Credit is an important tool in the financial world. There are many varying factors that could influence a credit score. If a person has multiple credit cards, the amount of open accounts and account usage will greatly impact their credit score. There is a correlation between closing and opening credit card accounts and a credit score. Sometimes closing credit card accounts can lower a credit score. A person should determine when it is the appropriate time to close an account so they can avoid lowering their credit score.
How Closing Credit Card Accounts May Lower Your Credit Score
There are scenarios where closing credit card accounts can lower a credit score. The reason is that closing accounts can impact what is known as a credit to debt ratio—the ratio between the amount of open credit a person has to the amount of debt a person is carrying. To maintain or improve your credit score, it is important to keep a balance of 10% to 15% of the amount of open credit available.
Closing credit card accounts can decrease the amount of open credit a person has—negatively impacting their credit score. There are a few things that can be done to avoid voluntary and involuntary closure of credit card accounts:
Keep Credit Cards Open Even After Paying Them Off
This is an important point to keep in mind because most people may not think about this. Once a credit account is completely paid off, it may be tempting to close it—but you shouldn’t. Having a credit card account that has a very minimal balance looks good to creditors. Closing an account can throw off the credit to debt ratio and lower a credit score.
Communicate with Credit Card Lenders
Sometimes lenders will automatically decrease the amount of available credit that a person has access to on their credit card—without proper notification. This could not only lower credit, but it could cause a chain reaction with other credit accounts. So, it is extremely important to take the initiative to keep in contact with credit card lenders and check up on credit card accounts every once in a while.
Check Your Credit Report Often
Credit reports are used by credit card lenders when checking for eligibility or adjusting credit line amounts. It important to check your credit reports often to make sure that there aren’t any mistakes—as these mistakes will impact your credit card accounts.
Set Up Credit Card Alerts
This is an easy way to get a heads up in case a lender needs to reach out or activity happens to your account. Often times, these alerts can be sent to an email or via text. Opting in for these alerts can be an easy way to monitor your account’s activity.
Keep Credit Cards Active
When a credit card is not being used for an extended amount of time, some lenders will automatically close the credit account. To avoid this, make sure you are rotating usage for all of your credit card accounts.
Consider the Impact on Credit Score Before Closing a Credit Account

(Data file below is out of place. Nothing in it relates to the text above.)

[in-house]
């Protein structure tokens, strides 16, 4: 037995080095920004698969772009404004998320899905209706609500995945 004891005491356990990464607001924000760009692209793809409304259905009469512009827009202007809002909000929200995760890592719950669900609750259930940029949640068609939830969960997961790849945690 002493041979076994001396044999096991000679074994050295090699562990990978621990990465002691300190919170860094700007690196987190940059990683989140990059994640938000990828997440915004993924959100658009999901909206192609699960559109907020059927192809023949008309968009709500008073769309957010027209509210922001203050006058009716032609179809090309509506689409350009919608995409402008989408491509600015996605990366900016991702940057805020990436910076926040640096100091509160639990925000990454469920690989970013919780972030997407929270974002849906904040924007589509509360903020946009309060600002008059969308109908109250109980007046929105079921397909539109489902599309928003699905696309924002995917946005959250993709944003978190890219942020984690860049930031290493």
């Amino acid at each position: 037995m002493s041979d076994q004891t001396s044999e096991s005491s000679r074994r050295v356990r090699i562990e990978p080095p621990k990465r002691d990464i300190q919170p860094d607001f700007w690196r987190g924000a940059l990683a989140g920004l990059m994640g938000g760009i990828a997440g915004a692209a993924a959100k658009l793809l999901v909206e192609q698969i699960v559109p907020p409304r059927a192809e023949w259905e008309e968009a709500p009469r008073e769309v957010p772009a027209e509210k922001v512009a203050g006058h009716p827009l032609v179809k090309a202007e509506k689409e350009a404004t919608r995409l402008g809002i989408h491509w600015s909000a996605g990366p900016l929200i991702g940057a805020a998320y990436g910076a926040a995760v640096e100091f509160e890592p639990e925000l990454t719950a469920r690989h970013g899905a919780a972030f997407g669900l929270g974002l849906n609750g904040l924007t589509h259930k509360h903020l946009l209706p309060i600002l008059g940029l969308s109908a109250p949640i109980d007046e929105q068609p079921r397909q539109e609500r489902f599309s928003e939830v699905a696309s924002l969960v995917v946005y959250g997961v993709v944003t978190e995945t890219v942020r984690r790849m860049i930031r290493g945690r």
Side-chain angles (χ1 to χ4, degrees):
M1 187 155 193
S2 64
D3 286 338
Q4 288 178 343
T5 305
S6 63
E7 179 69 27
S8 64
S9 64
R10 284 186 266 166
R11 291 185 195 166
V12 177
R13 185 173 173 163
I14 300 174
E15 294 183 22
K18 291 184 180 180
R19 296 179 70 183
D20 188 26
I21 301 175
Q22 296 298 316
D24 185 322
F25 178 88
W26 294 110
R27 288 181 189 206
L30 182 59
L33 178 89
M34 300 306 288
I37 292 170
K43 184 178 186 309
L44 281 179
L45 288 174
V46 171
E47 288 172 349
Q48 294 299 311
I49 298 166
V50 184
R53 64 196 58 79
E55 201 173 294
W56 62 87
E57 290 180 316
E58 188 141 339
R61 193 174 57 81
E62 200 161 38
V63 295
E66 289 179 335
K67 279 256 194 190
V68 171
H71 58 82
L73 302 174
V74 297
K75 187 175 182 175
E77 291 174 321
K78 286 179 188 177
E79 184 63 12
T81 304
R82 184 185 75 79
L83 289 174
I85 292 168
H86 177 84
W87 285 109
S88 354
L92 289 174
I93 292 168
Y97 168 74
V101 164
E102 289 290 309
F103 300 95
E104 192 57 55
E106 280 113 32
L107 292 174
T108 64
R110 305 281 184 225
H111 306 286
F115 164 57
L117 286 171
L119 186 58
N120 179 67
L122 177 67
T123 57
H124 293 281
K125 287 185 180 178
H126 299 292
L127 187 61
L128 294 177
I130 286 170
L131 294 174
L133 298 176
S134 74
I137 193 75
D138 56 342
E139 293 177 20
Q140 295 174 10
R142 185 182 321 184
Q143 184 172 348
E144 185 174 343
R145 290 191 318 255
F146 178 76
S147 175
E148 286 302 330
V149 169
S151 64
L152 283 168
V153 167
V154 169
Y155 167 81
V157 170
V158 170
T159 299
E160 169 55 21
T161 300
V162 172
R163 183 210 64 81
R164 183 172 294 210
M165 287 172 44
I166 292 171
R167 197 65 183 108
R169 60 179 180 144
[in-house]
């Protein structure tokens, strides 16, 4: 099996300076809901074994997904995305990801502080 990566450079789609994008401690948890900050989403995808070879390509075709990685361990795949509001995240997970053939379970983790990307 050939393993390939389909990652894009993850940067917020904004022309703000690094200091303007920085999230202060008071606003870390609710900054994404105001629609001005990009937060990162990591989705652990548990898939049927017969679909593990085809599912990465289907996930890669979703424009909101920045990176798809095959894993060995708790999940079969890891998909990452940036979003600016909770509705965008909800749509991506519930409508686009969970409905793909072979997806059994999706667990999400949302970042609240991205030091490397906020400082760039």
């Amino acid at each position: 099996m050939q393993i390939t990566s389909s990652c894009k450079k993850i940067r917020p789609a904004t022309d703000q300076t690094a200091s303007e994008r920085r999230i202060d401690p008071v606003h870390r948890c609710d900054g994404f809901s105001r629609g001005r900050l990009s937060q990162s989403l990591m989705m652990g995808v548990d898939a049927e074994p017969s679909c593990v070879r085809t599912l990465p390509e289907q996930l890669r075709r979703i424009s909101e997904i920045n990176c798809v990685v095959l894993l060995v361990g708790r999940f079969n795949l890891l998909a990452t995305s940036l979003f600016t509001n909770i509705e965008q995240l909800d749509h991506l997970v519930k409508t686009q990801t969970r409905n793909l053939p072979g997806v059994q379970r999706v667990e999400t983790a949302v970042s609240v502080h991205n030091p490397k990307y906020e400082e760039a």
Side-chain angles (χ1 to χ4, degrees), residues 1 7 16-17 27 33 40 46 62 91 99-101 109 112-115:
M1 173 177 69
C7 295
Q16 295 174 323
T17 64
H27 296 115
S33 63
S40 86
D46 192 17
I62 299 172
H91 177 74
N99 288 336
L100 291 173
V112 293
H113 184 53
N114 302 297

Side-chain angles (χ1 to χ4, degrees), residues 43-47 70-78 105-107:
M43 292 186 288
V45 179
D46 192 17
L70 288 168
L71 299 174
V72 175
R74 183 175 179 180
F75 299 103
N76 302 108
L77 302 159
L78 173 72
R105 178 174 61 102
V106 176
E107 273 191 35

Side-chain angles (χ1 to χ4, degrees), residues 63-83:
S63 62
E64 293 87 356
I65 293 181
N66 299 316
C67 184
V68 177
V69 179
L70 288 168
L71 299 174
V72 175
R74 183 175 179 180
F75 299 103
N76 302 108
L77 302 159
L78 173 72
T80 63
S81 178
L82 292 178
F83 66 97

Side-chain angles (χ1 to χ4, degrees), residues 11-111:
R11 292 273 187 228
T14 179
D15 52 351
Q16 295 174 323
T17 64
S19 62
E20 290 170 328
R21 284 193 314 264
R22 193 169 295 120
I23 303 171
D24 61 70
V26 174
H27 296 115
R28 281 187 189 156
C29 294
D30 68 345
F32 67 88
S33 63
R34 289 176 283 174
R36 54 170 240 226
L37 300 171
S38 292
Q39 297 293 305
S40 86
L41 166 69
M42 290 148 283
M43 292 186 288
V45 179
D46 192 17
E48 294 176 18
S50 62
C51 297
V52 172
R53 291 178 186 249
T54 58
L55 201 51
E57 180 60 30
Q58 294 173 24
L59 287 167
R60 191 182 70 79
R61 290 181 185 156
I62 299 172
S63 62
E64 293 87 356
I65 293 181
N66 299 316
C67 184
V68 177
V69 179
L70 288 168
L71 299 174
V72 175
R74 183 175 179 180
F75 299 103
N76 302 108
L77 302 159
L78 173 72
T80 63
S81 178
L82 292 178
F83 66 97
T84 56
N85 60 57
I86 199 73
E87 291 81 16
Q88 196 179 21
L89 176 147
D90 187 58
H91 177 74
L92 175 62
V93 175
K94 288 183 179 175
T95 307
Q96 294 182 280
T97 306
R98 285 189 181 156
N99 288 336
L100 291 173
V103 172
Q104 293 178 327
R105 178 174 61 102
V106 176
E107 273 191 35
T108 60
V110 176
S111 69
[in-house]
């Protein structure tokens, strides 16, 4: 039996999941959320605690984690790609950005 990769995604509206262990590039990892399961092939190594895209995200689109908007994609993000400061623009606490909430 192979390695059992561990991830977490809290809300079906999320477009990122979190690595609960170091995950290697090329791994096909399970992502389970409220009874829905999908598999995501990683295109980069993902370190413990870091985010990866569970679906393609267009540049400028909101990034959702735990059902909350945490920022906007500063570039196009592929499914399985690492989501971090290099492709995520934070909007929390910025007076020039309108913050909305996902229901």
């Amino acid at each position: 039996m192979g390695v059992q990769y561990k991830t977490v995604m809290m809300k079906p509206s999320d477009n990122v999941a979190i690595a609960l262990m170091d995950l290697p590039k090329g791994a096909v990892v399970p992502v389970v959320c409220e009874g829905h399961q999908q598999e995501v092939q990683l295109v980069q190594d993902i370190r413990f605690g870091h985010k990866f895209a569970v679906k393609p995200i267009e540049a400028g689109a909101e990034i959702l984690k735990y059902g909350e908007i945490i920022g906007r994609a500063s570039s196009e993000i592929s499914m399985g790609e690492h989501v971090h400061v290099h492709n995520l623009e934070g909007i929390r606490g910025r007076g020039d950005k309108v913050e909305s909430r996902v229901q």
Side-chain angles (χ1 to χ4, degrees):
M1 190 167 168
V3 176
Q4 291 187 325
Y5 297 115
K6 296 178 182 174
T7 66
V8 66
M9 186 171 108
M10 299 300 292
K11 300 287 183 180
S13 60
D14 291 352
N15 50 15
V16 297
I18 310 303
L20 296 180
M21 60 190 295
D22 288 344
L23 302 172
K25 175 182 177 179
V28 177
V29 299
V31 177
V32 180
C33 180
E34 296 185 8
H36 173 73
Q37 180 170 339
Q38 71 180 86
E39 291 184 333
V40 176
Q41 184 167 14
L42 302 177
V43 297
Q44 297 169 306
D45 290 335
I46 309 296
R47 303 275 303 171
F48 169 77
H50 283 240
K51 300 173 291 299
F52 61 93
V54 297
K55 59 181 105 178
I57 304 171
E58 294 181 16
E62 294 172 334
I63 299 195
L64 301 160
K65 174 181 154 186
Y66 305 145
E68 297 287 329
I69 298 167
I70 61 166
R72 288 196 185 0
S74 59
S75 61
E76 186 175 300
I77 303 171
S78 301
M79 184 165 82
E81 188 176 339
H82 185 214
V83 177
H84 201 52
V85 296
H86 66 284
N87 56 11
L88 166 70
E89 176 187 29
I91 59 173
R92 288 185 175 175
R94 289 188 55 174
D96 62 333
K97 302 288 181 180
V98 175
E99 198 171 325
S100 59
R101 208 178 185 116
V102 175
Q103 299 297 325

If a person must close a credit account, there are some variables that should be considered. This is important because these variables may reduce the impact on credit score and they present other advantages. Before picking a credit account to close, consider these variables:
- Age of Accounts: The older an account is, the better it will look for your credit. So keep the oldest account open if possible.
- Pay Off Balances: It is best to pay off as much debt on other credit cards before canceling a card—if possible. This way the credit to debt ratio isn’t affected too much.
- The Amount of Funding: Cancel the credit accounts that have the least amount of funding.
- The Interest Rates: Think about the interest rates each card has and keep the ones that cost less to use.
- Perks/Rewards: Factor in the amount of rewards a card has and think about how often you use those perks. If a card is being canceled- don’t forget to redeem those earned rewards!
How Many Credit Accounts Are Good for a Credit Score?
There really isn’t a set number amount of credit card accounts that is best. The amount really depends on a few personalized factors; an individual’s spending habits, the amount of credit card debt they have, their financial goals (both long-term and short-term), and how debt is managed. Those factors will have more impact on a credit score than the amount of credit accounts a person has. So it is important to keep credit card accounts at a manageable amount—whatever that amount may be for an individual.
When closing credit card accounts, it is important to think about how doing so may lower a credit score. Generally, closing a credit account has a negative impact on a credit score. If a person doesn’t close the account themselves and it remains inactive, sometimes those accounts are closed by the credit lender. However, there are many simple ways to avoid this involuntary influence on credit. If a person does voluntarily want to close a credit card account, they can do it in a way that makes the most financial sense and has a minimal impact on their credit score.